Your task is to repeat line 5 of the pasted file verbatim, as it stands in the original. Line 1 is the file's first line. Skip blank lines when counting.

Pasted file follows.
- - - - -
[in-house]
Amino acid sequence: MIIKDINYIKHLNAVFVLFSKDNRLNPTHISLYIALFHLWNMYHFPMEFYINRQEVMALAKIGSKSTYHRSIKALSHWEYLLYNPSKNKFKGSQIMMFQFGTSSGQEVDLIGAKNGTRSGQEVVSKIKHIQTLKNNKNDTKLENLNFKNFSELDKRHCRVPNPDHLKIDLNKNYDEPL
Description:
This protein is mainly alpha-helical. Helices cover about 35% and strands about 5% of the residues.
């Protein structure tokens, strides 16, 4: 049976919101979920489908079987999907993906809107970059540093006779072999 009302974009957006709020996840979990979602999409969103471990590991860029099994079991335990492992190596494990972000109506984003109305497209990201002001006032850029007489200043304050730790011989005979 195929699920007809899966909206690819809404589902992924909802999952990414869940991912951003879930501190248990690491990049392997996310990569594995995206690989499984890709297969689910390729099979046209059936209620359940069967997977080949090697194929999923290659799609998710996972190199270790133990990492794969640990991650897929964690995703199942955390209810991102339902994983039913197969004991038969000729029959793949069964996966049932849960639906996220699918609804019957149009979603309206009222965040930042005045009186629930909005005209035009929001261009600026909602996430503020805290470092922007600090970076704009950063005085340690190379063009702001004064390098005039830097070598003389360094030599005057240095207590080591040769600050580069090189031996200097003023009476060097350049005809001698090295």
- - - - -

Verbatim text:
């Protein structure tokens, strides 16, 4: 049976919101979920489908079987999907993906809107970059540093006779072999 009302974009957006709020996840979990979602999409969103471990590991860029099994079991335990492992190596494990972000109506984003109305497209990201002001006032850029007489200043304050730790011989005979 195929699920007809899966909206690819809404589902992924909802999952990414869940991912951003879930501190248990690491990049392997996310990569594995995206690989499984890709297969689910390729099979046209059936209620359940069967997977080949090697194929999923290659799609998710996972190199270790133990990492794969640990991650897929964690995703199942955390209810991102339902994983039913197969004991038969000729029959793949069964996966049932849960639906996220699918609804019957149009979603309206009222965040930042005045009186629930909005005209035009929001261009600026909602996430503020805290470092922007600090970076704009950063005085340690190379063009702001004064390098005039830097070598003389360094030599005057240095207590080591040769600050580069090189031996200097003023009476060097350049005809001698090295």